Normally, financial institutions will send out multiple communications to existing customers and members to convert a basic account into a packaged account. In addition, there will be strong emphasis on up-selling a new customer or member the enhancements as part of the new account opening process as well as during onboarding. This will be done in the branch as well as digitally and through direct channels. Often an incentive is paid for the selling of these packaged accounts.
The Flaws With Cross-Selling Fee-Based Services
In today’s digital world, compared to 10 (or 40) years ago, the consumer can more easily compare offerings from their financial institution and determine if there is a fair value transfer from their financial institution for their business. In fact, many consumers are determining whether all of their business relationships make sense … often and instantaneously. If the perceived value of the relationship does not more than offset the fee, the consumer may go back to a basic account, or worse yet, close their relationship altogether because they feel they were duped.
The challenge for many organizations is that the focus is on selling the packaged account and not reinforcing the value over time. This is a flawed strategy. Just because the “math” works on paper for the bank and the customer doesn’t mean that the customer sees this value the same way.To change this paradigm, organizations need to conduct better training of sales personnel to better position the services from the perspective of the consumer, and to build ongoing reinforcement messaging that will highlight the benefits of the product.
A great example of equitable value exchange is Amazon Prime membership. In 2018, Amazon increased the cost of Amazon Prime membership by close to 20%. Despite the fact that the initial benefit of Amazon Prime (free shipping) was no longer unique in the marketplace, members not only did not close their accounts – membership growth continued.This is because consumers believed they were getting a much higher value from Amazon than the annual membership fee. More importantly, all Amazon Prime members are constantly reminded of the benefits of membership.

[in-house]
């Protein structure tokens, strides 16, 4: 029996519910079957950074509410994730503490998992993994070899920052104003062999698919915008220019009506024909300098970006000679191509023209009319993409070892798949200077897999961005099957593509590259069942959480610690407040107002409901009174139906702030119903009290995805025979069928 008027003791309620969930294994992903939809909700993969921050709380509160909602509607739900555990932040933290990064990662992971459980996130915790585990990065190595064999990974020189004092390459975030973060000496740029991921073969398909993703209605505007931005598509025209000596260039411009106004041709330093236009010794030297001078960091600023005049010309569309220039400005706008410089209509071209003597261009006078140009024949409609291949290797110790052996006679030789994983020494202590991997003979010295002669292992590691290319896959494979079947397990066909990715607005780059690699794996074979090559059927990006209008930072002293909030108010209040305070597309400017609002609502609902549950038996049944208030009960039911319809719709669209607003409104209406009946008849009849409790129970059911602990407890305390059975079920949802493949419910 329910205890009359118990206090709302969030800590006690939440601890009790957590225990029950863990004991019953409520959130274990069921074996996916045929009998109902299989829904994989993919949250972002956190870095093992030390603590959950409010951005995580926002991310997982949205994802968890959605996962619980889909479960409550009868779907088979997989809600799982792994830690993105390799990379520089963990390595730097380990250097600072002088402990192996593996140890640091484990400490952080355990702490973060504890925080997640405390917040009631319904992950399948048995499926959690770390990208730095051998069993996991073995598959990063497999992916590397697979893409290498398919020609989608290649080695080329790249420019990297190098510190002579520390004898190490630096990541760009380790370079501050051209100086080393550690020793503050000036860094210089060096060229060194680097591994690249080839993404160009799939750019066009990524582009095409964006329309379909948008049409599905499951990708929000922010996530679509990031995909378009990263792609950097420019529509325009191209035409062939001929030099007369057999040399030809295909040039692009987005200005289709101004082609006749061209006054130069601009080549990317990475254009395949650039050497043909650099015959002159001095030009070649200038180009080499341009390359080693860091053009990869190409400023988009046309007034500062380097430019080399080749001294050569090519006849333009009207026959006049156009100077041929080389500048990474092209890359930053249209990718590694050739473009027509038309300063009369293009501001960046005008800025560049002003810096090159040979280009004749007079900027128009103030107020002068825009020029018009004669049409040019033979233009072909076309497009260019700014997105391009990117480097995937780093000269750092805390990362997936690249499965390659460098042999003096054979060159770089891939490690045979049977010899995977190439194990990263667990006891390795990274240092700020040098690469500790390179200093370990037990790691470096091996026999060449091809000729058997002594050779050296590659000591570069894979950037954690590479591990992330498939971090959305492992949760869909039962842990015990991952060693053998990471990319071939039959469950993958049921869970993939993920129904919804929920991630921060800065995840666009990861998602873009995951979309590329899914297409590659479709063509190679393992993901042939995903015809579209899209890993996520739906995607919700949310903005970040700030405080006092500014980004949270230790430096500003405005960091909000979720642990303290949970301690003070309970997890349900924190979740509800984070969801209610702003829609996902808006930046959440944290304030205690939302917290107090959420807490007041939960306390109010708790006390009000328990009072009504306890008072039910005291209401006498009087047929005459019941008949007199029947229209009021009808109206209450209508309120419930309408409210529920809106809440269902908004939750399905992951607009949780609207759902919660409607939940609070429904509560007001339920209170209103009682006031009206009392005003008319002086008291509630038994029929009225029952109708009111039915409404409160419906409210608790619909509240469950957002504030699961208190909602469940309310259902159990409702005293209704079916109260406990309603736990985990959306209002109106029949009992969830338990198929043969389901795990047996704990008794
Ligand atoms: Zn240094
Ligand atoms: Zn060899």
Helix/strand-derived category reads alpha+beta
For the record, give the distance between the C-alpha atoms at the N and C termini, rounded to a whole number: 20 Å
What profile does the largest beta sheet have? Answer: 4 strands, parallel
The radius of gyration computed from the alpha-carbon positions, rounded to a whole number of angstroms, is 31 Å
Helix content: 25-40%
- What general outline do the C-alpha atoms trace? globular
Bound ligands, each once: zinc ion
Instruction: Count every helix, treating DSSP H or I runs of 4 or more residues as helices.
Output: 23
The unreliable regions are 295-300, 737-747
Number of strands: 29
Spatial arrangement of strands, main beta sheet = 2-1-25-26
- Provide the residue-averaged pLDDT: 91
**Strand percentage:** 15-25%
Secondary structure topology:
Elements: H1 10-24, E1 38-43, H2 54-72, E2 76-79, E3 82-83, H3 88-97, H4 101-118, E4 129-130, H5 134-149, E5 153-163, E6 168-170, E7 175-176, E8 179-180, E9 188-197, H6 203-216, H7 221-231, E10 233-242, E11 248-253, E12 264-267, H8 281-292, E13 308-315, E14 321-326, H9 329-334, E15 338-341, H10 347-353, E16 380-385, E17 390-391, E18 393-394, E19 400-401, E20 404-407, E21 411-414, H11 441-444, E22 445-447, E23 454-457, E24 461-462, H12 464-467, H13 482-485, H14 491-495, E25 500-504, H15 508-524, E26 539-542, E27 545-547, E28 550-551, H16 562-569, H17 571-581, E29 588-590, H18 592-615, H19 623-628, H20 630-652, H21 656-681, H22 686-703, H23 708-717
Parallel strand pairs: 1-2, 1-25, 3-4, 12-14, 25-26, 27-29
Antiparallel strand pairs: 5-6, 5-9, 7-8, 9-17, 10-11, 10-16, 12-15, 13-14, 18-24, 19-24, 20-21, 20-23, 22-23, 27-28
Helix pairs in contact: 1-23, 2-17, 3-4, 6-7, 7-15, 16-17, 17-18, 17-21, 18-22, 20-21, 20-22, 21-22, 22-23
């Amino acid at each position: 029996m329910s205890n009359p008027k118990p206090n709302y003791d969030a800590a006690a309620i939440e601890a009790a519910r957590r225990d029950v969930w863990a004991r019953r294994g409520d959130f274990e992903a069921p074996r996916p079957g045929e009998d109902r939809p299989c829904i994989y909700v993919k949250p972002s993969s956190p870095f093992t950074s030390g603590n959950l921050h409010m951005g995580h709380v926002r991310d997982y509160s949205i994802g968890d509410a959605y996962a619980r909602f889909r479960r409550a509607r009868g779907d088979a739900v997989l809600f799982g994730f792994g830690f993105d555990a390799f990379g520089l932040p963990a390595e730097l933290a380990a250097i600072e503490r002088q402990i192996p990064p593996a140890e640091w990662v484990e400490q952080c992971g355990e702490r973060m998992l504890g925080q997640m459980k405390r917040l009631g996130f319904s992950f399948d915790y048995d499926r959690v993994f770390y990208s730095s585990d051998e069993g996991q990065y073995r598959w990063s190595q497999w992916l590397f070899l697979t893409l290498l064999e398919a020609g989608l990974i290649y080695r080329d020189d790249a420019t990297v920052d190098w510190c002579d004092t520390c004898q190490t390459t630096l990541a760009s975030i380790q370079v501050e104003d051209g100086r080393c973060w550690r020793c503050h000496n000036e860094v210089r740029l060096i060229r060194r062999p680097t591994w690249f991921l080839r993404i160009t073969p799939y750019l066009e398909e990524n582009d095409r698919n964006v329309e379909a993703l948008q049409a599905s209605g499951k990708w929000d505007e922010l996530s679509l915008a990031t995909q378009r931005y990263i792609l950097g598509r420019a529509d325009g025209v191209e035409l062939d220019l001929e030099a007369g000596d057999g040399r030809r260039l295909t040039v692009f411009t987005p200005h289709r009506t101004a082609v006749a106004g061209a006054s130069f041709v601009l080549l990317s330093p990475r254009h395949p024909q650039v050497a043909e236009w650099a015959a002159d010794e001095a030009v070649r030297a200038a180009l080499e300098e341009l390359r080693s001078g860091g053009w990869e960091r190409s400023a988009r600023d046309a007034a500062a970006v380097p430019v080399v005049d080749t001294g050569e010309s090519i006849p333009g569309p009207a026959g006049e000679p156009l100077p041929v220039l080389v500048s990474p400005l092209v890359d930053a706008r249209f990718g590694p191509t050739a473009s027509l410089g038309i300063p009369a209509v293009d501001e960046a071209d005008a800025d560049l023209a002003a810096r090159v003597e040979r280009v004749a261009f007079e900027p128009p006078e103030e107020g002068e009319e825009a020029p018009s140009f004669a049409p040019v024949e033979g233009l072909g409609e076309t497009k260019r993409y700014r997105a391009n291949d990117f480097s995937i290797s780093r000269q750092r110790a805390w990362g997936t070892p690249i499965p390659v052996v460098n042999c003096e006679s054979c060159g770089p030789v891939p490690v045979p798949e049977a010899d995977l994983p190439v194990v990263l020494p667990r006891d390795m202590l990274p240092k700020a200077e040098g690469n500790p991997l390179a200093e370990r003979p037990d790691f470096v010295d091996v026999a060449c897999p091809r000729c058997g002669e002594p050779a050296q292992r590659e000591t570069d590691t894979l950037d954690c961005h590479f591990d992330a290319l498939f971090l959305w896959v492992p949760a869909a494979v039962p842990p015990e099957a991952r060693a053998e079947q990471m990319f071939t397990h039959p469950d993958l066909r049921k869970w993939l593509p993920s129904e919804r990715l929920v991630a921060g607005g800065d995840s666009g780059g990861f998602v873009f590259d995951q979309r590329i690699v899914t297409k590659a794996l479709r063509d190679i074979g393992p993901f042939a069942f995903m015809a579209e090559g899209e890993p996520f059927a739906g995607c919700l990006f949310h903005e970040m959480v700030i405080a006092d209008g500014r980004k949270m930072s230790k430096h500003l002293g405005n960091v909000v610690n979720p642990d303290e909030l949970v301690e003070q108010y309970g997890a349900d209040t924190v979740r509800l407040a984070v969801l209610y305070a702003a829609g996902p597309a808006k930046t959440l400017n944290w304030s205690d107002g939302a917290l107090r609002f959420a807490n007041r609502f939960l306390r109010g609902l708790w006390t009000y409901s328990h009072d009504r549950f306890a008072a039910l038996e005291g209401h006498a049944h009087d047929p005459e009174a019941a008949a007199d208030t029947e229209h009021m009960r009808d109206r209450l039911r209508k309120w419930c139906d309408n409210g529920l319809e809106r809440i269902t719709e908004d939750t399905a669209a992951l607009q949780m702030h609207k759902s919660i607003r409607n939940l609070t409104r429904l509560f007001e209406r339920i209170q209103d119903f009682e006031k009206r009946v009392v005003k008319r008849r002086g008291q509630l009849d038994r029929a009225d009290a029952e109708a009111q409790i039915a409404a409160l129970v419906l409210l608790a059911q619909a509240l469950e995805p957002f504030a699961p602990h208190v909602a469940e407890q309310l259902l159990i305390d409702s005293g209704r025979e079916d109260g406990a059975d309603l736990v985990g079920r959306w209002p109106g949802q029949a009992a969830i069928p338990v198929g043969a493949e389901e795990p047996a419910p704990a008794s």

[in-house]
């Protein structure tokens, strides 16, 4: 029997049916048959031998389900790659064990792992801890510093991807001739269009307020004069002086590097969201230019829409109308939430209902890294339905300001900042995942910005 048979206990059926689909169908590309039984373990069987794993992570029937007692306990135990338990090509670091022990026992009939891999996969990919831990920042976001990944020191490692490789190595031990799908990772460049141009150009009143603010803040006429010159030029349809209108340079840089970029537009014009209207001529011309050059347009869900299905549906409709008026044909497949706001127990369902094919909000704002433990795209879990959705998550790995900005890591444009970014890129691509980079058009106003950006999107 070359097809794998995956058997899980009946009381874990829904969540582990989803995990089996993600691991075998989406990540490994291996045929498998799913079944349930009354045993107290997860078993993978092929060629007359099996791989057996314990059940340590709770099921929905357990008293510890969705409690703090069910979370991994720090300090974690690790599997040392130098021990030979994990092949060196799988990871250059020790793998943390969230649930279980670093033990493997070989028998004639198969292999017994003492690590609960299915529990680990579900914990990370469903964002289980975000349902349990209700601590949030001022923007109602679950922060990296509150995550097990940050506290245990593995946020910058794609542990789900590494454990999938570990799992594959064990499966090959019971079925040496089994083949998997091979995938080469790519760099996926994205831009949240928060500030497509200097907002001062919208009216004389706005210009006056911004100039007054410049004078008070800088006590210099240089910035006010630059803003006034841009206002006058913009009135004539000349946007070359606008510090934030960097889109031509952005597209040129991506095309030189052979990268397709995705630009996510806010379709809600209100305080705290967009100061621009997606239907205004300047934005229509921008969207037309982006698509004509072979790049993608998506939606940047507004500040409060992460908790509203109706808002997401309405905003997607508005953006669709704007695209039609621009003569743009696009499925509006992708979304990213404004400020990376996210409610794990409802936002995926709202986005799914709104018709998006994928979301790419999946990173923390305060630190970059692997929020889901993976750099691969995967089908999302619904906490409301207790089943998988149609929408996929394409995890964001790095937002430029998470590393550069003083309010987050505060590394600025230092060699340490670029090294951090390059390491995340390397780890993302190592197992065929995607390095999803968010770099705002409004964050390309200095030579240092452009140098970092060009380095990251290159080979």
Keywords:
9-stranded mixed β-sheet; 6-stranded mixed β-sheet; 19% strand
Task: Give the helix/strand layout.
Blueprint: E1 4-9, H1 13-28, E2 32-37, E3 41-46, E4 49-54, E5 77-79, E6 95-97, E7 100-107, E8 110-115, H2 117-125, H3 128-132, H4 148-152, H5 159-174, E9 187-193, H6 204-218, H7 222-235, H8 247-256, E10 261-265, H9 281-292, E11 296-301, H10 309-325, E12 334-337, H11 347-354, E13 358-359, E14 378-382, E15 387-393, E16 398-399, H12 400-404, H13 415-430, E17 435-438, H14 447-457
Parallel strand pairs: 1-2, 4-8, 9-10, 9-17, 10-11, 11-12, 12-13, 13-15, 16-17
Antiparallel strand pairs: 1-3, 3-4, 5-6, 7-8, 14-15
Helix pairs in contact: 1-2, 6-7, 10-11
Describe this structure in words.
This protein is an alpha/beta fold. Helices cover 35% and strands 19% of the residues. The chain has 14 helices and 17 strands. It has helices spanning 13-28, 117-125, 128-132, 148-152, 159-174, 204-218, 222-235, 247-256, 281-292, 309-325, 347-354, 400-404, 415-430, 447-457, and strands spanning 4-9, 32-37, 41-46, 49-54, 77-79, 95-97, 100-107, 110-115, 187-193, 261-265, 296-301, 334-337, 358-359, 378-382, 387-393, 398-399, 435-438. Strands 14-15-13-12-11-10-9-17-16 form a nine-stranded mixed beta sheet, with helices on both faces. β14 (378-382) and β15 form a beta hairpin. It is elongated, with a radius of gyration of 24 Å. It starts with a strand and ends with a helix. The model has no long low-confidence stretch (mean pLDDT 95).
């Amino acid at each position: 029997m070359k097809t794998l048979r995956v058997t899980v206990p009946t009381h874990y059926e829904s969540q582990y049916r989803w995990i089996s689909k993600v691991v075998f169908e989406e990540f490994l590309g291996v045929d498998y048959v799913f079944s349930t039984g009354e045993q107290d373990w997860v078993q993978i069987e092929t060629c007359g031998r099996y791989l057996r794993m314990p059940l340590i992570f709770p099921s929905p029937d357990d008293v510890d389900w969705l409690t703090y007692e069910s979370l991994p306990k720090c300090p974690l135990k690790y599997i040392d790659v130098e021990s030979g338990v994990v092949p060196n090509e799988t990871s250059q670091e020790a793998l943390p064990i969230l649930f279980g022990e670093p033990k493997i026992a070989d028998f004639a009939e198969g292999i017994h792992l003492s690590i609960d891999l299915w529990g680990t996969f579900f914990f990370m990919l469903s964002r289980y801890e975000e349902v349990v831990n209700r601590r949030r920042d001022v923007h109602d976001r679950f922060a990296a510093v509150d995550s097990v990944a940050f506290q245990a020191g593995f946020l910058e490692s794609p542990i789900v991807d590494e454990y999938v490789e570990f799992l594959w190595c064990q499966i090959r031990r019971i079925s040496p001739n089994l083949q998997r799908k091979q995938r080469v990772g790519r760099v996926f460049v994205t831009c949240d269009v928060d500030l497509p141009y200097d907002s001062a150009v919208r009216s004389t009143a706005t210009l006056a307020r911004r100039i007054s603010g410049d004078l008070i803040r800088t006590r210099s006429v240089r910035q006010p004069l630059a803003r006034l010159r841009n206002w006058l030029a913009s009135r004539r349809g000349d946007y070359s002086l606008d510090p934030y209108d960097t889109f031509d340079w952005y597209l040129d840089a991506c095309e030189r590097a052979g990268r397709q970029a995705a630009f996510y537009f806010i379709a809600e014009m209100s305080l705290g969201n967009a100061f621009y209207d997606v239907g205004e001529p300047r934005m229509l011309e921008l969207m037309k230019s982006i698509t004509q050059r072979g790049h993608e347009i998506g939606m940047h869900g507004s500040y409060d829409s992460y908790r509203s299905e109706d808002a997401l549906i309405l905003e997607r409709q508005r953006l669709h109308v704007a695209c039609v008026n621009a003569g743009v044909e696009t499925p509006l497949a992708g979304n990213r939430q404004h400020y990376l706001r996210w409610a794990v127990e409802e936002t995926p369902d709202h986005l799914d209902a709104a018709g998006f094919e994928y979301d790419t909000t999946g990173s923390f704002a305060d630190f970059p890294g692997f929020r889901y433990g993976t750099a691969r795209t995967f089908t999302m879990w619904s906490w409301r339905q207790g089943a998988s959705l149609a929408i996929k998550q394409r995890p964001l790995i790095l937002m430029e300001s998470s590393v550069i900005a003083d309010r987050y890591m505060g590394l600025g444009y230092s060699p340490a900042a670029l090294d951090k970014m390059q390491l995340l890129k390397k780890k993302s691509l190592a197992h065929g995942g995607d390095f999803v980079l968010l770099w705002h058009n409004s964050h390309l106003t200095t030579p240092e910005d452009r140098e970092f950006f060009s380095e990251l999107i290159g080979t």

Consumers Don’t Want to be Sold Banking Products
So, let’s say you have a packaged account or just want to increase the penetration of any product or service. Your organization has built a competitive offering, created a great digital information tool and website/mobile landing page, conducted basic training, and even done focus groups to validate the perceived value of the service. Unfortunately, nobody is buying the service and the net inflow of incremental accounts has stalled. What’s going wrong?
First of all, your internal and external focus could be on “selling” the service as opposed to positioning the product for the consumer to buy it. This flawed strategy is most likely reinforced in training, outbound communication, targeting of households and even incentive programs. Wells Fargo is a great (terrible) example of what can occur if the focus moves from helping to selling. And, in a digital marketplace, the consumer can quickly and easily determine if the value of what they are receiving exceeds their cost. The most damaging impact may not be the loss of accounts, but the loss of trust.
The flaws of “selling” as opposed to “listening” are made more damaging by the power of digital communications. This is because, as opposed to involving humans or learning from customer engagement, many digital marketing programs still involve “push” selling. This simply speeds up the process of selling as opposed to refining the message. In addition, even with advanced technology, nothing will ever replace genuine human interaction, even if digitally delivered. It’s the key to acquiring and retaining your customers and members.
In other words, don’t use your website, digital communication and mobile banking platforms do your selling for you. Engage with the consumer first using conversational strategies, then determine the right combination of packaged services that will meet their needs.